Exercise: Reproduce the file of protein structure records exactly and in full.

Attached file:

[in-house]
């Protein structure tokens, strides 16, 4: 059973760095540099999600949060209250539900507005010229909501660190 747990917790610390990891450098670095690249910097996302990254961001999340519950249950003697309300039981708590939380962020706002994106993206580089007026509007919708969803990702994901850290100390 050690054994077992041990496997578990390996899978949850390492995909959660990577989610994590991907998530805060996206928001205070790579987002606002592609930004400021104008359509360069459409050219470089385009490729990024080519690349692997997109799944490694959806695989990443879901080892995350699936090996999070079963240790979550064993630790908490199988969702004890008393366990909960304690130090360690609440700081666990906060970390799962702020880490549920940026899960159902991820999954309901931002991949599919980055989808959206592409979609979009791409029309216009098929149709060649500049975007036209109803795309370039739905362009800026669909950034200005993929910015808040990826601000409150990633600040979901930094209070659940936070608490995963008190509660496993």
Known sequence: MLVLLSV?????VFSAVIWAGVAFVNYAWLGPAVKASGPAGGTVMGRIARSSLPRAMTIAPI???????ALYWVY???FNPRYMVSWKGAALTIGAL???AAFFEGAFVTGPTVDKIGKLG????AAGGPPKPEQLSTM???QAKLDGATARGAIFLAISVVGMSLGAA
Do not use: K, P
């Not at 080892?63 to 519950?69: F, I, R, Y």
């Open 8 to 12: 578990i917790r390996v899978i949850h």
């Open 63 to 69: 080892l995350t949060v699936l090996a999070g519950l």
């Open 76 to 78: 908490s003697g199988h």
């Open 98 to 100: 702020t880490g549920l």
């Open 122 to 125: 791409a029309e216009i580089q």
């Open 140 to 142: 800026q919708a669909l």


[in-house]
């Protein structure tokens, strides 16, 4: 059973760095540099999600949060209250539900507005010229909501660190 747990917790610390990891450098670095690249910097996302990254961001999340519950249950003697309300039981708590939380962020706002994106993206580089007026509007919708969803990702994901850290100390 050690054994077992041990496997578990390996899978949850390492995909959660990577989610994590991907998530805060996206928001205070790579987002606002592609930004400021104008359509360069459409050219470089385009490729990024080519690349692997997109799944490694959806695989990443879901080892995350699936090996999070079963240790979550064993630790908490199988969702004890008393366990909960304690130090360690609440700081666990906060970390799962702020880490549920940026899960159902991820999954309901931002991949599919980055989808959206592409979609979009791409029309216009098929149709060649500049975007036209109803795309370039739905362009800026669909950034200005993929910015808040990826601000409150990633600040979901930094209070659940936070608490995963008190509660496993």
Known sequence: MLVLLSV?????VFSAVIWAGVAFVNYAWLGPAVKASGPAGGTVMGRIARSSLPRAMTIAPI???????ALYWVY???FNPRYMVSWKGAALTIGAL???AAFFEGAFVTGPTVDKIGKLG????AAGGPPKPEQLSTM???QAKLDGATARGAIFLAISVVGMSLGAA
Do not use: K, P
């Not at 080892?63 to 519950?69: F, I, R, Y």
């Open 8 to 12: 578990i917790r390996v899978i949850h």
């Open 63 to 69: 080892l995350t949060v699936l090996a999070g519950l």
């Open 76 to 78: 908490s003697g199988h």
């Open 98 to 100: 702020t880490g549920l």
């Open 122 to 125: 791409a029309e216009i580089q």
């Open 140 to 142: 800026q919708a669909l």